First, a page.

About Us

The Vermont Center on Behavior and Health (VCBH) was established in 2013 to study the relationship between behavior and health. The VCBH has become a vibrant research center supported by multiple federal grants including a Tobacco Centers of Regulatory Science  (TCORS) Award from the National Institute on Drug Abuse (NIDA)/Food and Drug Administration (FDA) and a Centers of Biomedical Research Excellence (COBRE) Award from the National Institute on General Medical Sciences.

Research, Education, Community

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The VCBH resides within the College of Medicine at the University of Vermont, with the director and administrative offices being located within the Department of Psychiatry. Participating investigators, collaborators, and advisors represent multiple academic departments in the College of Medicine and four colleges within UVM as well as three other universities (Brown, Johns Hopkins and Kentucky). The VCBH is further strengthened by interdisciplinary collaborations with key community healthcare leaders and distinguished scientific advisory panels.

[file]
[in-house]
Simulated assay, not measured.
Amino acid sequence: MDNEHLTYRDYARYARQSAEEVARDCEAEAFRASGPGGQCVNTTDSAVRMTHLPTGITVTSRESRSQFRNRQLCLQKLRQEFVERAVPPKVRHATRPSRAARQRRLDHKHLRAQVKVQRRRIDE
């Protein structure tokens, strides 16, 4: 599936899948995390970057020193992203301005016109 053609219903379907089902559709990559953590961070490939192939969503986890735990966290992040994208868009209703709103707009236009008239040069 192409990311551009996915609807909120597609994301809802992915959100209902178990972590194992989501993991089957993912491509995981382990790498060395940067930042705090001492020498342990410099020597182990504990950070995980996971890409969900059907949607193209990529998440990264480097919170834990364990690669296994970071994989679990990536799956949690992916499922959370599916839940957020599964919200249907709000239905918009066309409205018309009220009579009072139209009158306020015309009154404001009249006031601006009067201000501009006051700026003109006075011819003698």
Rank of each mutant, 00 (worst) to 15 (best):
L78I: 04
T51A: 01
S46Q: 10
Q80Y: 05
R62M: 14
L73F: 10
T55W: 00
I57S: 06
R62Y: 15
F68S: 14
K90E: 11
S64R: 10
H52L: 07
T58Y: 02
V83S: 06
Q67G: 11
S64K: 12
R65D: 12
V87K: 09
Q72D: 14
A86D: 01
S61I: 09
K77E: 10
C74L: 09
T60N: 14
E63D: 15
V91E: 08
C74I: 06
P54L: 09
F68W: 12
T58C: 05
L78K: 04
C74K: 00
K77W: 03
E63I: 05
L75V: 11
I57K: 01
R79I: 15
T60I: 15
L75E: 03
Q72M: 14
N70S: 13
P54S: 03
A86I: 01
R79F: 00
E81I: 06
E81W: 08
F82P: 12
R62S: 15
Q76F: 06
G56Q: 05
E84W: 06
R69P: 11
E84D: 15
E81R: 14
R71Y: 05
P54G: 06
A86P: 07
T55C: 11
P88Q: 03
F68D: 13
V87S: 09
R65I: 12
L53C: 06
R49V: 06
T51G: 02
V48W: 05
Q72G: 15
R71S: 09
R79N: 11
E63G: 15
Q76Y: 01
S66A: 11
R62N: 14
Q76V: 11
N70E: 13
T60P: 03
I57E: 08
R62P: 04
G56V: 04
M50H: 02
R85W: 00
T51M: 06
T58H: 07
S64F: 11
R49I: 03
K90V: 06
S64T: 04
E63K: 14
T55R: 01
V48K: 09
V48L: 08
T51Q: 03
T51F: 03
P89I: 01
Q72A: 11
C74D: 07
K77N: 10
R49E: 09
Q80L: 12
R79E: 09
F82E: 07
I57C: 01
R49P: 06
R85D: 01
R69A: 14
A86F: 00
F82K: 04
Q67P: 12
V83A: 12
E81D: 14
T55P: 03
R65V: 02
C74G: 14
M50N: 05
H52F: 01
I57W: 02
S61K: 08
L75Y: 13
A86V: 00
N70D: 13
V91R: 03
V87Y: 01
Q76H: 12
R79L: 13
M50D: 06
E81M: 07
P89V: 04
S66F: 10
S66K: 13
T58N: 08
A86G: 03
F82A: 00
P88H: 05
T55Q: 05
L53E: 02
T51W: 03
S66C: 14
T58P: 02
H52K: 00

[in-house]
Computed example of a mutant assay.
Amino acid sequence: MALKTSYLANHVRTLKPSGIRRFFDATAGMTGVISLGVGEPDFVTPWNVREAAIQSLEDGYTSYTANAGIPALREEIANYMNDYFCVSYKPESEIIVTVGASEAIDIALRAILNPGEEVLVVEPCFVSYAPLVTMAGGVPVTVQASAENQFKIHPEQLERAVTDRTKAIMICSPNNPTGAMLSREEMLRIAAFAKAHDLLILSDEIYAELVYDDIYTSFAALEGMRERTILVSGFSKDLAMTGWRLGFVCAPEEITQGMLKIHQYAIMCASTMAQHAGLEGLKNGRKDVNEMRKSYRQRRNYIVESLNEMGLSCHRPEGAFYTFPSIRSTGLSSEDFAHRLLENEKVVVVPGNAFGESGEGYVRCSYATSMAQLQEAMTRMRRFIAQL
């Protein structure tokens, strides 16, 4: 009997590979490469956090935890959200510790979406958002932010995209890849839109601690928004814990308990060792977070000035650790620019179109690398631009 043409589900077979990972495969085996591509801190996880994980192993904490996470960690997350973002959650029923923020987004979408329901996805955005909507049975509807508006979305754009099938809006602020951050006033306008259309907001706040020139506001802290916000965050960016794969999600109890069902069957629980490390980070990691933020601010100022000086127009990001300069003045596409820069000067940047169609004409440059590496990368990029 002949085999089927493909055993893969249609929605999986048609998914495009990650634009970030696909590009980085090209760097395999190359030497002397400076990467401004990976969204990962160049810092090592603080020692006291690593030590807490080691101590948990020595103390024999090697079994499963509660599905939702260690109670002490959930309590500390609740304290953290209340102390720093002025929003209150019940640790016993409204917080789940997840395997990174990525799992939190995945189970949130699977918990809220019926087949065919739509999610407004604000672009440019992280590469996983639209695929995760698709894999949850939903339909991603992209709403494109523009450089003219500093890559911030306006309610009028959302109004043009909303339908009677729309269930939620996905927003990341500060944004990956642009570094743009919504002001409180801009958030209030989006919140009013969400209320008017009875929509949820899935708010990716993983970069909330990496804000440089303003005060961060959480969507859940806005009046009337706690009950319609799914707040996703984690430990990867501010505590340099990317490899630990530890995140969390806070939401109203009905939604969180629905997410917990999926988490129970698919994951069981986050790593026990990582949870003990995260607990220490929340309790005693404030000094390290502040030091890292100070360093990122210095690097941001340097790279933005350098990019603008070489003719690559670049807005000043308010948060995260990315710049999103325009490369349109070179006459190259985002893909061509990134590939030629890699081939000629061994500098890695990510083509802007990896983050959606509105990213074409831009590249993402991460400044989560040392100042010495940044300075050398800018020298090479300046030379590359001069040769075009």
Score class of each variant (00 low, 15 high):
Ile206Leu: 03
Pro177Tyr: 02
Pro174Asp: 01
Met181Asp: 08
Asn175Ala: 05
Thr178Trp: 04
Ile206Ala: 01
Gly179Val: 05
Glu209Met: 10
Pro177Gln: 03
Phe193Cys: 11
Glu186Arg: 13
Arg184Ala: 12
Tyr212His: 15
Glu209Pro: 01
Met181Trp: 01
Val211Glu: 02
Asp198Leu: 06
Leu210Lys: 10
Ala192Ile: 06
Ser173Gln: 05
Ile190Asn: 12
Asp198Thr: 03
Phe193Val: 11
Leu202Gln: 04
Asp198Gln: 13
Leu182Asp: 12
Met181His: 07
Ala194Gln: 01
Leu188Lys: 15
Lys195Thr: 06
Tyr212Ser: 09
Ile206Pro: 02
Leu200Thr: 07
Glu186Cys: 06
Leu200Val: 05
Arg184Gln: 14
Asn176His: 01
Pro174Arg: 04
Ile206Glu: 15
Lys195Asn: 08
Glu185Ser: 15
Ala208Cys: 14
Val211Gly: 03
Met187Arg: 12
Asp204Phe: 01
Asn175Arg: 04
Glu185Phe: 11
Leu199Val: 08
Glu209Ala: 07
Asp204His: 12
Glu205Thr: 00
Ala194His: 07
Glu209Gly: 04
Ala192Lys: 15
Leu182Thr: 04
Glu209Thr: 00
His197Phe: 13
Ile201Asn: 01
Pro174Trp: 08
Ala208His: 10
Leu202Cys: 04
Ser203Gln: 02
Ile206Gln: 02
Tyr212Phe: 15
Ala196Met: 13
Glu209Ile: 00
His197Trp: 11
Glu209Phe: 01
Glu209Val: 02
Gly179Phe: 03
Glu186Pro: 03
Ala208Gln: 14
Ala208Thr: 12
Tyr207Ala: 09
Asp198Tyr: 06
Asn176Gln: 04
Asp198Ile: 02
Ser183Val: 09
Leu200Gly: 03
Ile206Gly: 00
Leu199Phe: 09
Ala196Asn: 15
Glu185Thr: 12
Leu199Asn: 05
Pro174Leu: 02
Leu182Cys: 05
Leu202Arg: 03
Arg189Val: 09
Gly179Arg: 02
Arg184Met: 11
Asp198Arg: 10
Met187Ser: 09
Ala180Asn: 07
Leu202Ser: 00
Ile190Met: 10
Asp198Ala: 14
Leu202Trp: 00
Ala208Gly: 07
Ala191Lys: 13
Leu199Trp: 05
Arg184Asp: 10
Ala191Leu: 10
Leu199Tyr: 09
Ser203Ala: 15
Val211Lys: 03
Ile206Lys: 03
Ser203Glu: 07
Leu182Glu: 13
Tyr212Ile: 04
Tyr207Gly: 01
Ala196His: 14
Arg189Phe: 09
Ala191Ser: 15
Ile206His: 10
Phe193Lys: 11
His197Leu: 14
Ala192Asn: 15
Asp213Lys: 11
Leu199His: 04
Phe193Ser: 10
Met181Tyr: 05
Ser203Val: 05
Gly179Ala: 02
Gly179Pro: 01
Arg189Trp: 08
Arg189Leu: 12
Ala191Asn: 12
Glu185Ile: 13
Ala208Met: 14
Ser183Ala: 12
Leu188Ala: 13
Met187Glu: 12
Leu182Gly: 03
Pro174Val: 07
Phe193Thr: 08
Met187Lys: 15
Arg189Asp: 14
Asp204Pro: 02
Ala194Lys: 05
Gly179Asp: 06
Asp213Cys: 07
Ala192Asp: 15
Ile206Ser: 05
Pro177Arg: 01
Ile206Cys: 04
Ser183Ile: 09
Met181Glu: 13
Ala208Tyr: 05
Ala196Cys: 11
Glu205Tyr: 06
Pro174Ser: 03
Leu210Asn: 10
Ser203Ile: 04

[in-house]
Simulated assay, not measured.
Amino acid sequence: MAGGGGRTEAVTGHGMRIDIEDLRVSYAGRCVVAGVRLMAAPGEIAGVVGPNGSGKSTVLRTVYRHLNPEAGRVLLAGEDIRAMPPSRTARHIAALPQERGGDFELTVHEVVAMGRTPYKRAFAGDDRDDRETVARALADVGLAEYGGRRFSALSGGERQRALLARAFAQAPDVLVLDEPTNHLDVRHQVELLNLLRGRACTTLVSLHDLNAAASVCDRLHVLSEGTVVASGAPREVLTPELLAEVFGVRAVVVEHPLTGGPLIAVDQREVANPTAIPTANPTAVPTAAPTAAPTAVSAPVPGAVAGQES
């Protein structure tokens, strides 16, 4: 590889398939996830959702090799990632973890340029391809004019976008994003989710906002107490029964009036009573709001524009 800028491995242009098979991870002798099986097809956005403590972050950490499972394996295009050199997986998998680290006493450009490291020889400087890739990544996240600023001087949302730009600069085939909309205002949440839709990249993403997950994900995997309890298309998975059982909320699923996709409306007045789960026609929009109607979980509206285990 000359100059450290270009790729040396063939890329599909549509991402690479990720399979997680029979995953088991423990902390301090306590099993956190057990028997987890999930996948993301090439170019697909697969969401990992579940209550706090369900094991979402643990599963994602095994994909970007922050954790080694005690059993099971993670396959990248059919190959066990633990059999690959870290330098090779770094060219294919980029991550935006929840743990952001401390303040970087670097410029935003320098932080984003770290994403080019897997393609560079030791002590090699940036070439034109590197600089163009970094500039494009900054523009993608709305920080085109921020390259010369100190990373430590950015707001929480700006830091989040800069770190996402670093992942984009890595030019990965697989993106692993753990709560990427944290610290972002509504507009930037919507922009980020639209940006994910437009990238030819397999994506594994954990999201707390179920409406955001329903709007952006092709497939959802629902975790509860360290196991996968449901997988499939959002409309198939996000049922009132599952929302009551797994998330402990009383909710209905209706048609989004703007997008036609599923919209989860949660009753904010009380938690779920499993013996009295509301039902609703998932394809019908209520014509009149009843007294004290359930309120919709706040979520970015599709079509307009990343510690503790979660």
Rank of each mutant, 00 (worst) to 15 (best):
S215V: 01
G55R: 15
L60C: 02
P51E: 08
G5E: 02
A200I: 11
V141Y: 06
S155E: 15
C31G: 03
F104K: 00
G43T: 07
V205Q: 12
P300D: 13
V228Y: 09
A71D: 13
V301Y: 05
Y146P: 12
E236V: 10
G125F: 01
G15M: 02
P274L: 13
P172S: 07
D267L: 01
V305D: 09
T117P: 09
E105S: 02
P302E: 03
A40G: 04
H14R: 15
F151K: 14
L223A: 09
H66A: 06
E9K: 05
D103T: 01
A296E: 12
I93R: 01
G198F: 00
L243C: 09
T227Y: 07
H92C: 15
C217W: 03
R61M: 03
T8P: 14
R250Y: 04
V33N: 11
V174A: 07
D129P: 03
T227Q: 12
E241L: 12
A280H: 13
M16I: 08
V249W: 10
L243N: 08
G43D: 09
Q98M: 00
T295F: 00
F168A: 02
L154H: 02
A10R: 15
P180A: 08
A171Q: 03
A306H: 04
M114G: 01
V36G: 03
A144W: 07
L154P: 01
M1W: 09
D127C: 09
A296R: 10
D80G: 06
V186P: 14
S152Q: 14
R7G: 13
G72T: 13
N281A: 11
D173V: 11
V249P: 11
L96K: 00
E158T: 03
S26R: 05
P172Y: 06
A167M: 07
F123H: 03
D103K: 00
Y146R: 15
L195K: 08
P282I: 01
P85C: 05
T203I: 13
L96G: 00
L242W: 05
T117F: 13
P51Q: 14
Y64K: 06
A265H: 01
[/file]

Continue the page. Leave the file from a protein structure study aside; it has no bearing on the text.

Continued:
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The focus of the VCBH is on investigating relationships between personal behaviors and risk for chronic disease and premature death, with a specific focus on understanding mechanisms underpinning risk, and developing effective interventions and policies to promote healthy behavior. A common thread across VCBH research projects is the application of knowledge from the disciplines of behavioral economics and behavioral pharmacology to: (a) increase understanding of vulnerability to unhealthy behavior, and (b) the use of incentives and other behavioral and pharmacological interventions to support healthy behavior change interventions and policies.

The contribution of socioeconomic factors to vulnerability and the need for interventions and policies to promote health and reduce disparities in disadvantaged populations is an overarching VCBH focus. To our knowledge, the VCBH is the only NIH-funded center that is applying the disciplines of behavioral economics and behavioral pharmacology to tackling these enormous, interrelated U.S. public health challenges.